From “to” to “too”

A trend has spread on social media following the many and disturbing allegations of sexual assault and rape against Hollywood mogul Harvey Weinstein: me too, which tens of thousands women are posting to express that they, too, have been assaulted or harassed.

The little word, too, so simply yet powerfully bringing attention to how pervasive, and pernicious, sexual violence against women is. For today’s post, let’s put the etymological spotlight on it.

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“Too”: moving in the right direction. (Pixabay)

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Lions, chameleons, and shih-tzus, oh my!: 12 “lion” etymologies

Liger is much older than you think. Tigon is even older.

Earlier this week, I let the etymological cat out of the bag for International Cat Day. Today, I keep with the feline theme for World Lion Day. Yes, these national/international days can get gimmicky—except where they raise money for wildlife conservation. But I really can’t resist a reason to explore words that come from the lion’s den, so to speak. Here are the origins of 12 lion-related words, with a few bits of other beastly lexical trivia scattered throughout:

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The sneaky, slinking roots of “mooch”

Mooch may ultimately derive from an old Indo-European root meaning “darkness” or “silence.” 

The new White House Communications Director, Anthony Scaramucci, drew many people to dictionaries last week for his distinctive surname. Scaramucci is indeed related to scaramouch, “cowardly braggart,” originating as a stock character in Italian comedy and familiar to most of us from Queen’s Bohemian Rhapsody. As I discussed in an earlier post, the Italian scaramuccia gives English skirmish and scrimmage.

As if Scaramucci weren’t already colorful enough, Trump’s new Comms man also goes by the nickname the Mooch. Mooch, here, is taken from the pronunciation of his last name—although the word’s sense of “sponging” or “scrounging” are a bit ironic for a man who spent his career up to this point as a financier. So, where does this mooch come from, anyways?

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Under the cover of…mooch? (Pixabay)

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Laughingstock, gaping-stocking, scoffing-stock, and other -stock compounds

“I think we are pretty close to a laughingstock at this point,” Walter Shaub told the New York Times after he resigned as the head of the Office of Government Ethics earlier this month. Shaub felt the Trump administration’s conflicts of interest, inter alia, are severely undermining his office’s credibility and efficacy, and compelled him to seek toothier watchdog work elsewhere.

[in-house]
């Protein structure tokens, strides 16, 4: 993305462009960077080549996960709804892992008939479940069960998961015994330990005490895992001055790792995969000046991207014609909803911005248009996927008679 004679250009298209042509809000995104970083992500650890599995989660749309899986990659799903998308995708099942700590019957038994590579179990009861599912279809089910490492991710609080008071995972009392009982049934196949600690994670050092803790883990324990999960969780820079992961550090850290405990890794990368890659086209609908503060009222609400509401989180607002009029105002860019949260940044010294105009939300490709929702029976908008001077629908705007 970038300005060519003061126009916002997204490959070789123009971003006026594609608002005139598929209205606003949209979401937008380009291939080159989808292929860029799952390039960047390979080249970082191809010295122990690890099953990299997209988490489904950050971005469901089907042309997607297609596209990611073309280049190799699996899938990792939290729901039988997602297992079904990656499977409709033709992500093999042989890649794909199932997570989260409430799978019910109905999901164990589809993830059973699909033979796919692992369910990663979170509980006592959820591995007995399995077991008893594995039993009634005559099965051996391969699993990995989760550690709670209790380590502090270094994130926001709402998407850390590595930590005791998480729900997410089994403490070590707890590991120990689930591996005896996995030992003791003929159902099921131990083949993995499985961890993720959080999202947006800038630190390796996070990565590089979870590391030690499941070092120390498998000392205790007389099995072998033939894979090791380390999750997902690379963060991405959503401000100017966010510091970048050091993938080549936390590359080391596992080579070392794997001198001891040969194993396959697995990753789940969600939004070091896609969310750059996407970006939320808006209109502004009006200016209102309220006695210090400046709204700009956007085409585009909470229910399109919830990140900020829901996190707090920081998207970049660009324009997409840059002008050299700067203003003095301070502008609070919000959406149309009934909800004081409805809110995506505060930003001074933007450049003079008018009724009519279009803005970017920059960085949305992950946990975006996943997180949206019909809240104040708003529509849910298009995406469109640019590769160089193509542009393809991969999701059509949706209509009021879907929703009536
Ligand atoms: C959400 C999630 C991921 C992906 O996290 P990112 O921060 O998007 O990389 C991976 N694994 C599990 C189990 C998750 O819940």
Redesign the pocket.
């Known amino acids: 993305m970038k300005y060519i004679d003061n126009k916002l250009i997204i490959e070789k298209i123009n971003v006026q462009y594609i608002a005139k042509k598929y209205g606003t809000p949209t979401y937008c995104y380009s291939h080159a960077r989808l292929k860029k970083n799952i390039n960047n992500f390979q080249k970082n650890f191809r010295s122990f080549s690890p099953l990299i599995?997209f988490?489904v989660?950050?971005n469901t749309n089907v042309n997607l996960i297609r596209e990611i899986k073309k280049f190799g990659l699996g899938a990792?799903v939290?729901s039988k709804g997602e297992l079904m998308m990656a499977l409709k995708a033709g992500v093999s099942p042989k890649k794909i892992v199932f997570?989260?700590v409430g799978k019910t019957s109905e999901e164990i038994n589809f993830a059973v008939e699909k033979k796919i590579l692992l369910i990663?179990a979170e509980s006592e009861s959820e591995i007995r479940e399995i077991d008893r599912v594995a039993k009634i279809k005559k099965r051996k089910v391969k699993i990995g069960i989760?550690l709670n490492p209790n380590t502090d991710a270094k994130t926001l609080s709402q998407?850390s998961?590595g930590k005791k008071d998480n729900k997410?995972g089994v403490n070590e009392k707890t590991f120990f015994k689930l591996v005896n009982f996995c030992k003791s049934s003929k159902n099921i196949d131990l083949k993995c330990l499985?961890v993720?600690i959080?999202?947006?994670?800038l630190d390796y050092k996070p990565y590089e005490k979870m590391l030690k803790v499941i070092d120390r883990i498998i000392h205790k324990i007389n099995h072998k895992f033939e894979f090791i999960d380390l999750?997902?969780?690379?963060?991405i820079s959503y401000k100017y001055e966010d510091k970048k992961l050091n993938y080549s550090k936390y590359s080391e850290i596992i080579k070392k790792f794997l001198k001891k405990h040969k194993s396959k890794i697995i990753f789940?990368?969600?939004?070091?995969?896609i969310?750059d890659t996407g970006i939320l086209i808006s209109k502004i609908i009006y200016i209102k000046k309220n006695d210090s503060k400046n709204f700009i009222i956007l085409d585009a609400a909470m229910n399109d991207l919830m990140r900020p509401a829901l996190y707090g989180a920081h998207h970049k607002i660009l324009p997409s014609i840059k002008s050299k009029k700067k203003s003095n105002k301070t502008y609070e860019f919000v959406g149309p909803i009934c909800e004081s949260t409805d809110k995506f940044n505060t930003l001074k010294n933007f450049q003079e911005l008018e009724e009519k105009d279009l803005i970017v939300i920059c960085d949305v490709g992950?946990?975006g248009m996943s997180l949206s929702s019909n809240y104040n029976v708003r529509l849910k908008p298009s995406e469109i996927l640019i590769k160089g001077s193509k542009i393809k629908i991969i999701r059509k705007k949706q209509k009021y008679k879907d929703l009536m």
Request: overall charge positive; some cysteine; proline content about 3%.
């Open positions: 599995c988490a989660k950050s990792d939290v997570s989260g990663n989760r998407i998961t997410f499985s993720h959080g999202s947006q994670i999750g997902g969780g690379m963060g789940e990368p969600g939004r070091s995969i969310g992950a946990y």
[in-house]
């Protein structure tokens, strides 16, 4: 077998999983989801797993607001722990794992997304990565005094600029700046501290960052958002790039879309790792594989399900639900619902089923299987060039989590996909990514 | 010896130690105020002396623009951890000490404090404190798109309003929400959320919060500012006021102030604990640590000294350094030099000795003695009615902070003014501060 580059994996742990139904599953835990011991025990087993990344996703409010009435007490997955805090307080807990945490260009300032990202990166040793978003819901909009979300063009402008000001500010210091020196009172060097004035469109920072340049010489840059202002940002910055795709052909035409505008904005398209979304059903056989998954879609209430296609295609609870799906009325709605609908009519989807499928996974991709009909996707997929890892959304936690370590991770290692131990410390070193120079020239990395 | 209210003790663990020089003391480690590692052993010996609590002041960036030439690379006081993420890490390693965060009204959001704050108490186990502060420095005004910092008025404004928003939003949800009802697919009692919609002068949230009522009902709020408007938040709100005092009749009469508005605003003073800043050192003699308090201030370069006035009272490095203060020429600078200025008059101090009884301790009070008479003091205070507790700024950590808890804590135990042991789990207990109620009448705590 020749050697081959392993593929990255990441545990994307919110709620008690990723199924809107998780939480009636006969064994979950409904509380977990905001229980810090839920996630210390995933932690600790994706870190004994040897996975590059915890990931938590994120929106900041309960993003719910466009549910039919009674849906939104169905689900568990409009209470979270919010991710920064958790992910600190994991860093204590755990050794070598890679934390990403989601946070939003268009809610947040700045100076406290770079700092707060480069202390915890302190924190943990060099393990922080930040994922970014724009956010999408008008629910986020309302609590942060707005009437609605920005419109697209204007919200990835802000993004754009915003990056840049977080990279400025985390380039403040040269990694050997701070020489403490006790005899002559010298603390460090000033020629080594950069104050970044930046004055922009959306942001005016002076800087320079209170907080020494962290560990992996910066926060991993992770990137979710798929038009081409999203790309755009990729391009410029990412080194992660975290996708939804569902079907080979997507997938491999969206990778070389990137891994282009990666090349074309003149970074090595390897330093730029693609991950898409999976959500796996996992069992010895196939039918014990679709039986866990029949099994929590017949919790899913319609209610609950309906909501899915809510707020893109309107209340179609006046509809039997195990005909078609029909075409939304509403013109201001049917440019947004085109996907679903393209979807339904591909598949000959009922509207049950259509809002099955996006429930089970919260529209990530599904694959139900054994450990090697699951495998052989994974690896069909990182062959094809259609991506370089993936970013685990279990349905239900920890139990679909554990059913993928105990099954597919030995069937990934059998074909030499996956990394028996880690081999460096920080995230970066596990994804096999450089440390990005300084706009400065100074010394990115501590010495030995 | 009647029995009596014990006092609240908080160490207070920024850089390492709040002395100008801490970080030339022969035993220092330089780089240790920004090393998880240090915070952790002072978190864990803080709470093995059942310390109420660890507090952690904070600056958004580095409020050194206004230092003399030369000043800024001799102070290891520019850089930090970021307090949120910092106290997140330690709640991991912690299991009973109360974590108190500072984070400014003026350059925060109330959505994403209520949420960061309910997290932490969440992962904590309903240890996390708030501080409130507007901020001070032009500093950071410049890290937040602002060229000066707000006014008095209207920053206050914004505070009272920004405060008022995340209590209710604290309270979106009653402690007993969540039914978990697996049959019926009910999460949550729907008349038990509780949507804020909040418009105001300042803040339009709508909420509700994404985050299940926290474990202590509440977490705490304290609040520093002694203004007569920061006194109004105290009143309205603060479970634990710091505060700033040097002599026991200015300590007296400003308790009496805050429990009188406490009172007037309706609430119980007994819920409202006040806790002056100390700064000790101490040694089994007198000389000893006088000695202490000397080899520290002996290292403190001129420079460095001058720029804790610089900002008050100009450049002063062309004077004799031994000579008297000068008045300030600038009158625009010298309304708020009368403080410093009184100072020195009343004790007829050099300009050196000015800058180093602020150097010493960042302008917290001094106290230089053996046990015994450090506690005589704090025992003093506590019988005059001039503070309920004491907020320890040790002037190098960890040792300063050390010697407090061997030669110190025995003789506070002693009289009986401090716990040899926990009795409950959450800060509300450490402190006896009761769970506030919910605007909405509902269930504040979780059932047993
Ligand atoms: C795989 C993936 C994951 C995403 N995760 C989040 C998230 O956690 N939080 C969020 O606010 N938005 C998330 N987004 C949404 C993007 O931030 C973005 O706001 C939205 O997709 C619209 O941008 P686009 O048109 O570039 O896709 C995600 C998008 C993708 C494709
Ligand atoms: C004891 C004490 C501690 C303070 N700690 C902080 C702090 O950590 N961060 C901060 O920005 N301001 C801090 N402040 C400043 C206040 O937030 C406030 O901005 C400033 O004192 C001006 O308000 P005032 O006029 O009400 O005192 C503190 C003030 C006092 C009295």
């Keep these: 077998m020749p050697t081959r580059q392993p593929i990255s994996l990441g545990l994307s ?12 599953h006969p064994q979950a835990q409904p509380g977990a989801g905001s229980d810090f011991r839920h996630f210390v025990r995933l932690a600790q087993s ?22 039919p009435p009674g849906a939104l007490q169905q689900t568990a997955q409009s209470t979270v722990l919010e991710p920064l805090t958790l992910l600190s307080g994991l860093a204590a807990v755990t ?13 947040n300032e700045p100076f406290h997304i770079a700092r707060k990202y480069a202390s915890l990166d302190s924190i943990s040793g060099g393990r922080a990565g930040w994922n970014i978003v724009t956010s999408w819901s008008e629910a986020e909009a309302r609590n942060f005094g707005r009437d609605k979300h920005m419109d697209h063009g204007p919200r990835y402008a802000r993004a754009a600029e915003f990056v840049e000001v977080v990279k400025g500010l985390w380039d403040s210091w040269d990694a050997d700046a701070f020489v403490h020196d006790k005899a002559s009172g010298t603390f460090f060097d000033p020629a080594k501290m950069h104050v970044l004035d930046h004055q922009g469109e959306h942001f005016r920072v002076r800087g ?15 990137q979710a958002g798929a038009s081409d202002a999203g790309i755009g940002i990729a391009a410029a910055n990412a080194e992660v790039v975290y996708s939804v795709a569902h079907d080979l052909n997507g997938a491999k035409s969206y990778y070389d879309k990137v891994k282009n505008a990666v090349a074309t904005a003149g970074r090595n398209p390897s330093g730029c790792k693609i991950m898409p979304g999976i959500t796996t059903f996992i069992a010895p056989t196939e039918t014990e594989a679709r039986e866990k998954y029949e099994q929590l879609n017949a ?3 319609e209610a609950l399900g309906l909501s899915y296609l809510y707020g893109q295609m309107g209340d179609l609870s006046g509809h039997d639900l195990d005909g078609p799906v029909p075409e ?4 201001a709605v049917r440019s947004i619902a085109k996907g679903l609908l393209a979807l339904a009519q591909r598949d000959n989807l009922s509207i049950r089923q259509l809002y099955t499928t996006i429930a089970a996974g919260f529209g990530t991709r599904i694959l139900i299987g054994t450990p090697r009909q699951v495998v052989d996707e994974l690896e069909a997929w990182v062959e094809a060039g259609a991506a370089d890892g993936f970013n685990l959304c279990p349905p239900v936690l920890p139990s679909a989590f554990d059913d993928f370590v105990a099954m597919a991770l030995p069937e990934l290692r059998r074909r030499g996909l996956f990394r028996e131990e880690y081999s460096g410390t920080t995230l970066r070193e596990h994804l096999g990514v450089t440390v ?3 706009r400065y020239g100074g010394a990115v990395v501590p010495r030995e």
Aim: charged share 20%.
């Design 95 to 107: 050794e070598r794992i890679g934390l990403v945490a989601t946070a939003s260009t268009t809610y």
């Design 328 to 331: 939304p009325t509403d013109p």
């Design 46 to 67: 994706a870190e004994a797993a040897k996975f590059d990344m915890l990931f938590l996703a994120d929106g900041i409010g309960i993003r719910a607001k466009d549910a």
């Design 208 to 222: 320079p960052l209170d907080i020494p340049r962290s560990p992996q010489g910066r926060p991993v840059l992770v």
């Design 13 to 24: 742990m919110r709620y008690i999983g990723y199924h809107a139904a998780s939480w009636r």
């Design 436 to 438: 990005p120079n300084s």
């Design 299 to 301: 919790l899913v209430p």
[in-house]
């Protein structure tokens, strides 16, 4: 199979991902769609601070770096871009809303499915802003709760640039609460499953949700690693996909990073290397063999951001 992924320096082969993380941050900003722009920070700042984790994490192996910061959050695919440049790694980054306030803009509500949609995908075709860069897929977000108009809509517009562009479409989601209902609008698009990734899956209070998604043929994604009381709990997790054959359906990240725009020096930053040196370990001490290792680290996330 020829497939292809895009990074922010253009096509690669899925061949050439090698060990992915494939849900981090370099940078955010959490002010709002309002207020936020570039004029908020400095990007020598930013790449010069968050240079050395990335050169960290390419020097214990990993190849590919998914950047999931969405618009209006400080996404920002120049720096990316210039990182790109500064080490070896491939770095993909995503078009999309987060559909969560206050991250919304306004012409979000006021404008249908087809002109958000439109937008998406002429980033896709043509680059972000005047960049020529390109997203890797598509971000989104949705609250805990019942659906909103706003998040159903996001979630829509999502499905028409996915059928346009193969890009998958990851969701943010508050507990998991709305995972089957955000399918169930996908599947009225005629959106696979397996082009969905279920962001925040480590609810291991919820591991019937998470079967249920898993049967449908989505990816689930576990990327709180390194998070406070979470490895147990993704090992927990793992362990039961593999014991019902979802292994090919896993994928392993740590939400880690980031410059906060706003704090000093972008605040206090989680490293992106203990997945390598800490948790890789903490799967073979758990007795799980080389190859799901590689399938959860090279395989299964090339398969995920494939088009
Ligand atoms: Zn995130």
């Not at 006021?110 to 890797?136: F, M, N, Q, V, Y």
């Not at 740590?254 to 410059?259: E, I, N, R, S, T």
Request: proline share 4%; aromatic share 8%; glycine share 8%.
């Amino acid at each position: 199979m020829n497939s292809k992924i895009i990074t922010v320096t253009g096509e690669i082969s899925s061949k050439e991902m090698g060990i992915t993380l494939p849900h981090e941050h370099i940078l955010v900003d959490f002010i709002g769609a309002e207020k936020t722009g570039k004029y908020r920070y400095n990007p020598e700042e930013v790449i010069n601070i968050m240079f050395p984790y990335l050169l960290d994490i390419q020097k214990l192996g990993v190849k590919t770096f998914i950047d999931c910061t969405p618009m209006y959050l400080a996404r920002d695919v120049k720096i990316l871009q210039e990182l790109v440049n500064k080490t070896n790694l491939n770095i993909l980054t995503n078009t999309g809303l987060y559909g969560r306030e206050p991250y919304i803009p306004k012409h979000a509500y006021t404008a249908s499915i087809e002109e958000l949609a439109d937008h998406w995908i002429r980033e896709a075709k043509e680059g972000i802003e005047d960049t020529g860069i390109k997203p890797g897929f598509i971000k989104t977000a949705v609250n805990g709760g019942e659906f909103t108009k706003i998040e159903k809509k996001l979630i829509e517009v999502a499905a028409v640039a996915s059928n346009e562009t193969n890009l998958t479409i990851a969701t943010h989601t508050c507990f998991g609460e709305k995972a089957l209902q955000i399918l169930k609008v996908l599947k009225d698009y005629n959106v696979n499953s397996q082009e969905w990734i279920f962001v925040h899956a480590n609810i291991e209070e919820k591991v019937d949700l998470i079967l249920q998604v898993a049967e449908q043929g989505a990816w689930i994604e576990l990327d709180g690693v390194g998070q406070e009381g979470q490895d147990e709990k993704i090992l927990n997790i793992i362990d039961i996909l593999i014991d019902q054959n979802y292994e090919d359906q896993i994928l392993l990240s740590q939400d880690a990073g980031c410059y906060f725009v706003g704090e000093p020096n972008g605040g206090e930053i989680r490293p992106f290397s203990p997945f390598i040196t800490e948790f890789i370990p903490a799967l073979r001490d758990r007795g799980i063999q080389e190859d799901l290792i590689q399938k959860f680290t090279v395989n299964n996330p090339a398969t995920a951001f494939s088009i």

It’s powerful choice of words, but what, exactly, is the stock in laughingstock?

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A cracking-stock? (Pixabay)

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Digging up “dirt”

Donald Trump Jr. stepped in some, er, dirt this week when the New York Times revealed he knowingly met with a Russian lawyer who promised dirt on Hillary Clinton as part of the Kremlin’s effort to help Trump.

Where does the word dirt come from, and when did it start referring to “compromising information”? As it turns out, we really don’t want to get our hands dirty with etymological dirt.

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Etymologically, dog dirt is no euphemism. (Pixabay)

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Going “ballistic”

The same Greek root of ballistic gives us such words as ballet, devil, parliament, and symbol.

On July 4th, North Korea successfully tested its first ICBM, or intercontinental ballistic missile. As intercontinental leaders figure how what to do next, let’s go ballistic—etymologically, that is.

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A reconstructed ancient ballista, Latin source of the word ballistic. (Image from the Alexis Project, photo by Nick Watts).

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Your Friday etymological news roundup

Today, rather than zoom in on the origin of any one noteworthy word, let’s round up the etymologies of some of the top words buzzing in this week’s news:

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The origin of “meddle”: It’s all in the “mix”

Recent reports are revealing that Russian meddling in the 2016 US election was more extensive than initially understood. As investigators continue probing the interference, let’s meddle with the etymology of meddle.

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Meddling in elections is truly nuts. (Pixabay)

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What’s at “stake” in “attack”

A doublet of the word attach, attack ultimately comes from a Germanic root meaning “stake.” 

London has again faced another terrorist attack, this time from a Welsh man who plowed his van into a group of Muslim people near a mosque in Finsbury Park. As the word attack has become, alas, an all-too familiar one—excepting its application to white extremists—let’s see what me might learn from its etymology.

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The high and low “stakes” of “attack” (Pixabay).

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One “mean” etymology

Mean originally meant “in common.” If only that actually described US healthcare. 

Despite previously praising the House Republican healthcare bill as a “great plan” in a public ceremony in May, Donald Trump told senators this week that the bill was “mean, mean, mean.” Where does this common little word mean come from?

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You’re a mean one,  Mr. American Health Care Act. (A.V. Club). 

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